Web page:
Advances in rail grinding

Written by Mischa Wanek-Libman, editor
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Rail grinding service providers look to supply precise, efficient and flexible equipment.

Rail grinding service providers look to supply precise, efficient and flexible equipment.

As technology advances to help find rail defects and compare existing rail profiles to ideal profiles, so to must grinding equipment advance and evolve to provide the proper amount of metal removal, operate efficiently to match traffic density and offer the flexibility needed to match heavy-haul and transit needs.

New partnerships
“Precision and efficiency are critical elements of a rail grinder,” said Siddarth Srinivasan, Harsco Rail associate product manager. “The key to a successful grinding program is to be able to maintain optimal wheel-rail interface by taking off a minimum amount of metal from the rail. Harsco grinders feature individual head control on each of the machines’ motors. Individual Head Control combined with the lateral shift capability allows Harsco grinders to provide a superior level of precision with regards to targeting the various parts of the rail. This even applies to the most intricate locations, such as in a switch, crossings or behind guard rails. The ability to achieve Harsco’s grinding accuracy is further enhanced by the Jupiter Control System. The combination of these provides high efficiency, thus, minimizing the number of passes required to do the job.”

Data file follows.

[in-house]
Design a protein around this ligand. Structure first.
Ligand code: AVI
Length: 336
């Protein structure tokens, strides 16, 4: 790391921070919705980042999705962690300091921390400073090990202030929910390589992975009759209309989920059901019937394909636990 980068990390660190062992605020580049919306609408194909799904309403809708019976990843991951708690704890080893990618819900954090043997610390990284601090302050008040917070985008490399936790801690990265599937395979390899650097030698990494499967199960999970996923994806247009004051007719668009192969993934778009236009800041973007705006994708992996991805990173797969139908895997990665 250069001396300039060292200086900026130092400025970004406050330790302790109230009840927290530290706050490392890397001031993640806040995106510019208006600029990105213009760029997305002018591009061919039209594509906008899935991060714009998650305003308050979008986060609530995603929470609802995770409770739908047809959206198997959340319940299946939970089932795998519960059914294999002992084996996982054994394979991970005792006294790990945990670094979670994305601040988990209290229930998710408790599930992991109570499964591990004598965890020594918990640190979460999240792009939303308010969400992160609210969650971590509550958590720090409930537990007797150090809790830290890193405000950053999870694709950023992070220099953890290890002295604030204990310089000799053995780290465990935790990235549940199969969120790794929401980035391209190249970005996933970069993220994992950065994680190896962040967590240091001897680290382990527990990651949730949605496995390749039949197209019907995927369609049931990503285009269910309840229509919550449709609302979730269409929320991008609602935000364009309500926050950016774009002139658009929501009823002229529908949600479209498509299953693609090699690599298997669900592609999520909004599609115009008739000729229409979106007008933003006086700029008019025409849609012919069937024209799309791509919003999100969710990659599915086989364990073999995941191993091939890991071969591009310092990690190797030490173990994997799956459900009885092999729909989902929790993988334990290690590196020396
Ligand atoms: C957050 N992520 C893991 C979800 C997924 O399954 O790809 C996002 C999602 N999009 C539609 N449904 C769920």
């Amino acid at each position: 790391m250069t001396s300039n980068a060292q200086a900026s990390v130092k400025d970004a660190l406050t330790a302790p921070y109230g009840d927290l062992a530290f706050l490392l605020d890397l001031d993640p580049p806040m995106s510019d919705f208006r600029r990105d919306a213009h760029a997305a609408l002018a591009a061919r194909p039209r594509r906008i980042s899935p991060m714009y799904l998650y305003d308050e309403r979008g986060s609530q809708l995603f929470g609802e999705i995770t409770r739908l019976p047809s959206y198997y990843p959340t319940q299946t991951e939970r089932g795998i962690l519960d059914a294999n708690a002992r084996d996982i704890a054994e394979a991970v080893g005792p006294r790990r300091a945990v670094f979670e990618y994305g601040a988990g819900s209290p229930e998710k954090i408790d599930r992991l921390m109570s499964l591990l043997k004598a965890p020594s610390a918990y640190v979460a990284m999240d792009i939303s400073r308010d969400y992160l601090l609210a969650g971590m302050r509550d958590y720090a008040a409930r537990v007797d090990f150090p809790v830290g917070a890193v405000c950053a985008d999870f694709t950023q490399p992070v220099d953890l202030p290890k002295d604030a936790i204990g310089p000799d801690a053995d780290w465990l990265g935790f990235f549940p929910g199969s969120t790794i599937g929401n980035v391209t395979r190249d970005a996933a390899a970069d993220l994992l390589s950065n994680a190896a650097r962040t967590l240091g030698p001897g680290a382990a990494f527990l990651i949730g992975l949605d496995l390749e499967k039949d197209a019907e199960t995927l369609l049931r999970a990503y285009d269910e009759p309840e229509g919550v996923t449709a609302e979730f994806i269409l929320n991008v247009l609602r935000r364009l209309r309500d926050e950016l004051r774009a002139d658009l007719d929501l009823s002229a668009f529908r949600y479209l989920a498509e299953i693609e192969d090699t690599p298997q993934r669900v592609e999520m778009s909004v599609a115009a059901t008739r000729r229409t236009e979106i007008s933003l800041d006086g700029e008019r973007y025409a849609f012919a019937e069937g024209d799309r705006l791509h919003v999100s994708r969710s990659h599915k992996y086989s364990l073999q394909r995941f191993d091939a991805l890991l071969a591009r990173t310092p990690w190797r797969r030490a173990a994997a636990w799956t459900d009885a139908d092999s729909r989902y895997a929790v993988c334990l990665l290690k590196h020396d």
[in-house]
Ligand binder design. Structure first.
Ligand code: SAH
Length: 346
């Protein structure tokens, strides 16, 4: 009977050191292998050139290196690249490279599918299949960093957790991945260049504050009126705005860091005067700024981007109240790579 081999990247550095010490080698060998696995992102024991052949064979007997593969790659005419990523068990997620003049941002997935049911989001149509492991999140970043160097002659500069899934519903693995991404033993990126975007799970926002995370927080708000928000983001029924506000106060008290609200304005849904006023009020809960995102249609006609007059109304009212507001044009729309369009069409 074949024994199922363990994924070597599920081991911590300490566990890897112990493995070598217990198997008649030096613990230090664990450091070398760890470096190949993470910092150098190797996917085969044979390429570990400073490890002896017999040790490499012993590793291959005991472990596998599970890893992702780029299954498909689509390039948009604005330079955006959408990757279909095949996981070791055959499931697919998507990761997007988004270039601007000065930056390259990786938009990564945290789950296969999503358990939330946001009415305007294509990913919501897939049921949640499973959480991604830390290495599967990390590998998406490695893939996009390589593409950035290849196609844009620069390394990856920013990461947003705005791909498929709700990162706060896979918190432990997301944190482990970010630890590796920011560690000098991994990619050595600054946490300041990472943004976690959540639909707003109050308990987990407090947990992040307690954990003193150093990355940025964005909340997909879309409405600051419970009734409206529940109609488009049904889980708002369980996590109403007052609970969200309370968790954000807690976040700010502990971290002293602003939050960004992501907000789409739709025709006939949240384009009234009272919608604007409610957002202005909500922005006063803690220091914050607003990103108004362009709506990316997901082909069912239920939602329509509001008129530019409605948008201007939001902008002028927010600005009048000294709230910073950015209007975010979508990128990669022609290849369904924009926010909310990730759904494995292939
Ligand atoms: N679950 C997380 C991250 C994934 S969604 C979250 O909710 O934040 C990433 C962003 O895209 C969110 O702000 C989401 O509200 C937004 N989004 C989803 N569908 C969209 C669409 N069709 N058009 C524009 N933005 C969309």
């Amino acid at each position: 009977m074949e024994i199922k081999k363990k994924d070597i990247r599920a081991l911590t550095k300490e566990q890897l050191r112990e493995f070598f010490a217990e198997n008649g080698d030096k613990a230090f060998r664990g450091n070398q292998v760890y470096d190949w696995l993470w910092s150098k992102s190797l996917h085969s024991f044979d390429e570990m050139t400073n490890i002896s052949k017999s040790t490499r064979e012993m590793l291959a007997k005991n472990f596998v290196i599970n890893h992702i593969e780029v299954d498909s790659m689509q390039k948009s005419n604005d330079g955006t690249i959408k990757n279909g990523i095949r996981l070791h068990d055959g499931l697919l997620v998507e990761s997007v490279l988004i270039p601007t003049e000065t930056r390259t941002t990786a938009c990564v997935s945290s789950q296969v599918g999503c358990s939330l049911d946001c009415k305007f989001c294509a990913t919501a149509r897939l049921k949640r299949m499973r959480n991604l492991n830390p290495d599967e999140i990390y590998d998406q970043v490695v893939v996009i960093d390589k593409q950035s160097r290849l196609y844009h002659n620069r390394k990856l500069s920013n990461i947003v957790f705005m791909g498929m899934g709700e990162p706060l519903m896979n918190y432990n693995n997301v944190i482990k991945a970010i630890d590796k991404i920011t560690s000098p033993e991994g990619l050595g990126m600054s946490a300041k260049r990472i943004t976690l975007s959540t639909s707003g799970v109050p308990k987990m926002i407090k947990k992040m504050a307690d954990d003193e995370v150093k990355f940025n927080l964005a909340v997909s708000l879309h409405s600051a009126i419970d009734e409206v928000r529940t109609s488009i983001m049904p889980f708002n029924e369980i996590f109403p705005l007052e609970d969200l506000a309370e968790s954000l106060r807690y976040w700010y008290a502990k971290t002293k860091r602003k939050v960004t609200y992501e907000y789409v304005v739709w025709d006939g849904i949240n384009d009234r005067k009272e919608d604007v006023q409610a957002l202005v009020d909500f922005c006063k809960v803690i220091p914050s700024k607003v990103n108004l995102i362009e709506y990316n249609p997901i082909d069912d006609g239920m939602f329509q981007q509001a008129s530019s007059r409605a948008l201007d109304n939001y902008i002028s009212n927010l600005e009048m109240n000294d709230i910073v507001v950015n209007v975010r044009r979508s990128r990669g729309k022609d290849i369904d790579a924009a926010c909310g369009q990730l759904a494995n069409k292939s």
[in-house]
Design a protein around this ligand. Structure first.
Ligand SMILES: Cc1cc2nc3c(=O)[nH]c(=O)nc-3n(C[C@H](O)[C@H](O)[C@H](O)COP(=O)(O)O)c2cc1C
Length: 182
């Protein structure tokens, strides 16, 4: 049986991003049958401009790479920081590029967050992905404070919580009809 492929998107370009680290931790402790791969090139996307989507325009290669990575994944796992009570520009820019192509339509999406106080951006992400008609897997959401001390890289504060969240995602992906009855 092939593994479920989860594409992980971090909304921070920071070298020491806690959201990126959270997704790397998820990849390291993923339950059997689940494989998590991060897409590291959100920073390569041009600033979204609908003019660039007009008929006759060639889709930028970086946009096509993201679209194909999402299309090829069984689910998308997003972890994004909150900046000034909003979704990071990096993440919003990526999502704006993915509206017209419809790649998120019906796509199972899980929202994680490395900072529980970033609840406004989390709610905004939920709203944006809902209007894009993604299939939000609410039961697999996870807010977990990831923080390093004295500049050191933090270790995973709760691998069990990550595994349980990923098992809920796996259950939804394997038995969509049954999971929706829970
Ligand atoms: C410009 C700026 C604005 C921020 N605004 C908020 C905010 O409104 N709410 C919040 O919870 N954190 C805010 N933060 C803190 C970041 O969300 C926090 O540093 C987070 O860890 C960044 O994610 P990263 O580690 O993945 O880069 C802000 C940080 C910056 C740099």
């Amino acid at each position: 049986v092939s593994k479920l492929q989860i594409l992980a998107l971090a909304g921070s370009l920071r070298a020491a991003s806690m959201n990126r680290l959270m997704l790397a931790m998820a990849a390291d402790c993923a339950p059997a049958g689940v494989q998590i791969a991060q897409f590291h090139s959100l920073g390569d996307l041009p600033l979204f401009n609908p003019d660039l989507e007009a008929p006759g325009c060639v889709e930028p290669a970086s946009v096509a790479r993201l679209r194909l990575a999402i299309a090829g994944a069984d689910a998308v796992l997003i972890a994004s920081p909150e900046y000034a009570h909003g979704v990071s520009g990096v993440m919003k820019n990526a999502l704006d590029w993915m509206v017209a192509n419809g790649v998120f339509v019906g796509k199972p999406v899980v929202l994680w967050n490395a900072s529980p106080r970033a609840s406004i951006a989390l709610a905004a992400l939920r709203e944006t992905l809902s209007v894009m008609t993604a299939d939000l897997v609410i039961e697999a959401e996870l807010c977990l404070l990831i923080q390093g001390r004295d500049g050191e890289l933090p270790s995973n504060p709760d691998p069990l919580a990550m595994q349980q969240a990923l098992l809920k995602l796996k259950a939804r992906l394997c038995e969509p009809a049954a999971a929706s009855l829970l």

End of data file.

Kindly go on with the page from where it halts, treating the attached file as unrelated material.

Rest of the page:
RailWorks Maintenance of Way, Inc., is utilizing Harsco Rail switch and crossing grinders equipped with cutting-edge technology to provide rail grinding services within the North American market. A special team, led by RailWorks operating personnel with Harsco technical support,is now working for a Class 1 railroad as part of a multi-year agreement.

“Our goal is to deliver a good value with exemplary service, all done safely,” reports R.T. Swindall, vice president of RailWorks Maintenance of Way. “Right now, we are fine-tuning our operations to ensure a proper start-up. That involves ongoing communications with our customer to understand their expectations and find out what we can do to meet those 100 percent.”

Breadth of service
John Simmons, marketing specialist for Loram Maintenance of Way, Inc., says grinding is one of the company’s core competencies and it offers a wide range of projects to serve all facets of the market.

“Our product depth and ability to respond to customer needs continues to drive strong product demand both domestically and globally,” said Simmons.